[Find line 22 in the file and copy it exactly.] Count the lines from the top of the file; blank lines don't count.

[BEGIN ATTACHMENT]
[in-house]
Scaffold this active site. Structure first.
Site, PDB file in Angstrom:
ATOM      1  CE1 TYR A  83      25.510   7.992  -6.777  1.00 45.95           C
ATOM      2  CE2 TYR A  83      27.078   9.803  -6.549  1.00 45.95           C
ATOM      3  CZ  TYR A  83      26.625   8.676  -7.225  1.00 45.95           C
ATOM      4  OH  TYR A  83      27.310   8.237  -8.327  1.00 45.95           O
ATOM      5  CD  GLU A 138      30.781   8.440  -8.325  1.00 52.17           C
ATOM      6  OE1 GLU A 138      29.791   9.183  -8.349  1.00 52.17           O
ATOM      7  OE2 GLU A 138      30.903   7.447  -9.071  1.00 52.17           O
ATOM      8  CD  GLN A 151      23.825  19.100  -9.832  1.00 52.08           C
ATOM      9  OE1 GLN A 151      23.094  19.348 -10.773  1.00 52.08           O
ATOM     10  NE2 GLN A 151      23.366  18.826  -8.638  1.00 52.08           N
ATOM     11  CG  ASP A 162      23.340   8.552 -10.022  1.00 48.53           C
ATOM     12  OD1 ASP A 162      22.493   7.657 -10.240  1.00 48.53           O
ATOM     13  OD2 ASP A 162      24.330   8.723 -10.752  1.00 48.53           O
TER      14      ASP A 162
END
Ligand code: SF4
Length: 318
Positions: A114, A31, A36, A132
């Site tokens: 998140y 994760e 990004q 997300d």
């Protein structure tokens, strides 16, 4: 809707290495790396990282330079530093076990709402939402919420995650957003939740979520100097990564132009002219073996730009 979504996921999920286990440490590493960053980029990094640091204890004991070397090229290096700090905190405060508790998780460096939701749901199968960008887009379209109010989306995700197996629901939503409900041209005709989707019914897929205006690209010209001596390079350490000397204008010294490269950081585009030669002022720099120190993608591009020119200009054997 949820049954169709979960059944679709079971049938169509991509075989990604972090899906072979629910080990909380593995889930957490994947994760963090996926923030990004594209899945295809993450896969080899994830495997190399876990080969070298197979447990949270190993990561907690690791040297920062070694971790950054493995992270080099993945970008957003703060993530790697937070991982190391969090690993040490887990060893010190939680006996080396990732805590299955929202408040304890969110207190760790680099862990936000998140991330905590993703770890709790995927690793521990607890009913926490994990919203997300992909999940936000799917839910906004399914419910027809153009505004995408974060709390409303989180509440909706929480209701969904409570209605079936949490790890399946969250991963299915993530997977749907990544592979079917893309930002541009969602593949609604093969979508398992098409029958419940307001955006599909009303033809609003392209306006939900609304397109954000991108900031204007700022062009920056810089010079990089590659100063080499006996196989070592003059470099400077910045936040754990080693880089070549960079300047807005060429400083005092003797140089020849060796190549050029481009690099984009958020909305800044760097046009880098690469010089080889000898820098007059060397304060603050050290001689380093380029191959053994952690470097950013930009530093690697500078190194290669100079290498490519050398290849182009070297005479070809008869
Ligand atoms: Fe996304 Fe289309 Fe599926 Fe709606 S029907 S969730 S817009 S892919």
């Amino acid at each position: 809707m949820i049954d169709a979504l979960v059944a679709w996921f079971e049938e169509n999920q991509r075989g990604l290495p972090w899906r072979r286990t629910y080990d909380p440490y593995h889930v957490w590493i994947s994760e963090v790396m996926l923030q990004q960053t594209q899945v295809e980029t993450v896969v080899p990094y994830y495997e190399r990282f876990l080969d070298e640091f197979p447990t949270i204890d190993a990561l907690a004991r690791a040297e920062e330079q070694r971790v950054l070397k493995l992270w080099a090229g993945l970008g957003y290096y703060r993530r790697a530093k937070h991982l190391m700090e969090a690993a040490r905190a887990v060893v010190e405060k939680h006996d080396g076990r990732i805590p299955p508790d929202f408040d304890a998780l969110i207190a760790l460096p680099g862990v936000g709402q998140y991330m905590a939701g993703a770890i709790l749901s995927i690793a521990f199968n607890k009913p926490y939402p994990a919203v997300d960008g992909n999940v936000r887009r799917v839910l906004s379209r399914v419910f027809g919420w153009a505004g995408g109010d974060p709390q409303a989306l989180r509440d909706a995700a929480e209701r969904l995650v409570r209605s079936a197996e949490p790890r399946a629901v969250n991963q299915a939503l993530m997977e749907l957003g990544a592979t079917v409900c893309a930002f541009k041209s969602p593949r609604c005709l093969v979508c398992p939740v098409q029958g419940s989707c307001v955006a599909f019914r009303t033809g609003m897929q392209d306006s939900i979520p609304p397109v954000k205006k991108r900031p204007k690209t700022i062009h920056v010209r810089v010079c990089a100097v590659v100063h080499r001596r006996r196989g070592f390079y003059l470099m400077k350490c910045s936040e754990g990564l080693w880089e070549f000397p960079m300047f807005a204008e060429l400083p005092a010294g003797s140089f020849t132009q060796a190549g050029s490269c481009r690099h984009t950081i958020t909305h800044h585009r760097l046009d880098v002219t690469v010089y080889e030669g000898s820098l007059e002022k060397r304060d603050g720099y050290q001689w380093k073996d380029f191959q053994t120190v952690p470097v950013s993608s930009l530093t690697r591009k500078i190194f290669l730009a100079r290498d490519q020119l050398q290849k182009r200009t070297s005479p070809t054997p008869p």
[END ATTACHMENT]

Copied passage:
């Site tokens: 998140y 994760e 990004q 997300d």